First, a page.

There once was a mama wood duck, who had a whole brood of little ducklings, chirping and flapping and following her around. She had 18 little fluff balls in all, and she was determined to keep it that way. When she crossed the river, she called encouragement the whole way and those little powder puffs followed so closely, it was hard to tell where one ended and the next began.

When they got to the other side, she waited until every single one had climbed up on the log. Then she paddled in front of them, zipping back and forth, eyes alert, keeping watch. When a big turtle splashed into the water nearby, she sounded a warning and the whole brood disappeared into the bushes quicker than you could blink.

Mama wood duck

Mama wood duck & family on the Silver River

A week later, she still had all 18 little ones by her side. Which is amazing—and testimony to her extreme vigilance. You see, out here on the river, baby ducks are considered fast food by just about every other critter that lives here. The bass eat them (yes, I mean the fish), the turtles eat baby ducks, the gators eat them, the hawks eat them…everything thinks baby ducks make a great snack. Any mama duck that ends up with more than one or two little ones is a rarity.

Those of us who work on the river are cheering this little mama on.

Because we know this motherhood gig isn’t easy. You have to watch your own baby ducks every second, from the moment they take their first breath, right up to the minute they roar out of your driveway for the last time. And even then…you worry.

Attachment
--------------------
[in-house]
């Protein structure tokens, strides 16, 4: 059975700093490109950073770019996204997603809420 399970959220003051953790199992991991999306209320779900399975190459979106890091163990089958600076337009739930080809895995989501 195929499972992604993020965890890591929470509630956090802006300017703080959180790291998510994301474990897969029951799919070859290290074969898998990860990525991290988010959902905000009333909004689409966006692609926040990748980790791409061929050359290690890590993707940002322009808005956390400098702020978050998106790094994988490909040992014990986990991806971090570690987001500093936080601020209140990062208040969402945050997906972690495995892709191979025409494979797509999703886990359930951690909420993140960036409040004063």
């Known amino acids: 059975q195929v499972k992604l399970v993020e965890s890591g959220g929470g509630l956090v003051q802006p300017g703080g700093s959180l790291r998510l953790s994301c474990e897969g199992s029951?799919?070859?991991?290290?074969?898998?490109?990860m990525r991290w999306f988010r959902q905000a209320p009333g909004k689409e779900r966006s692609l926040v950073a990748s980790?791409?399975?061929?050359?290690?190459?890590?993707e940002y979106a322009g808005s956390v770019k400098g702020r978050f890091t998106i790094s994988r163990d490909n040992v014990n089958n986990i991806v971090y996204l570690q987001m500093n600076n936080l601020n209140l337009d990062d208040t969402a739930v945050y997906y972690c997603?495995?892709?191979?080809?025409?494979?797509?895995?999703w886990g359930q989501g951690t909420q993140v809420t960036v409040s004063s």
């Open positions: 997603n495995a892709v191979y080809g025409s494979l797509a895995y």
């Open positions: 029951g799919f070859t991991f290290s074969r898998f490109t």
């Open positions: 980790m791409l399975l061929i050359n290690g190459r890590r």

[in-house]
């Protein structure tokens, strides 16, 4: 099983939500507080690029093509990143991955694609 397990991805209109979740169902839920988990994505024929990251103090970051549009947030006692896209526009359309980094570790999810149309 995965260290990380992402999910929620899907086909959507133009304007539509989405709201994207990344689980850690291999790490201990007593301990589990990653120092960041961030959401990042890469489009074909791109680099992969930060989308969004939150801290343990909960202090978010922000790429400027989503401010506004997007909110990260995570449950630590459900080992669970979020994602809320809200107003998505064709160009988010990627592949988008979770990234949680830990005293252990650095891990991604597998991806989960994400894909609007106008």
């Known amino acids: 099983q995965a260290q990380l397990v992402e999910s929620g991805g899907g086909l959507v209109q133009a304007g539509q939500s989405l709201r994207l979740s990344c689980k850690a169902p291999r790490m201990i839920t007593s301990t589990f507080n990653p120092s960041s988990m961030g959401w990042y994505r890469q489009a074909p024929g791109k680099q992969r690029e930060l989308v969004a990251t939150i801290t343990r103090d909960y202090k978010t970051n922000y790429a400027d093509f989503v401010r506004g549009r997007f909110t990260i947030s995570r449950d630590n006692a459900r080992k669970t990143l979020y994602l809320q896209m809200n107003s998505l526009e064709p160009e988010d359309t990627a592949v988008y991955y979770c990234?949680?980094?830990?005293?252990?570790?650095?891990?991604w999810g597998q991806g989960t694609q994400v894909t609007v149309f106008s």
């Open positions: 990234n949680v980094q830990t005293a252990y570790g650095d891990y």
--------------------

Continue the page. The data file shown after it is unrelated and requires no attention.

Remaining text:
You have to keep them close by, because you know danger can snatch them away. So you set curfews and meet friends and keep watch at the window.

You make sure they get fed and loved and yes, scolded and nagged when necessary. Because even though our parenting may not seem as life-or-death serious as mama duck’s, we know our actions—or our inaction—will affect them forever.

But no matter the challenge, we meet it and keep on loving. We keep giving our hearts and our hands to help our children. Because we’re Mamas. It’s what we do.

This mother’s day, I say, thank you, Mom. I hope you will be smothered with love and sticky kisses and breath-stealing hugs. I hope you’ll be blessed with handmade cards that make you cry—especially when written by a cash-poor teenager or an eager grandchild.

And I hope you’ll remember to cherish each and every moment with your children and grandchildren—because they will be grown and flying off on their own in the blink of an eye. Make memories. Take photos. Blow bubbles and give hugs.

And when you see another mama duck, give her a hug, too, and encourage her on the journey!

Happy Mother’s Day!

PS–Many, many thanks for all the great suggestions last week! I will be putting all of them to good use!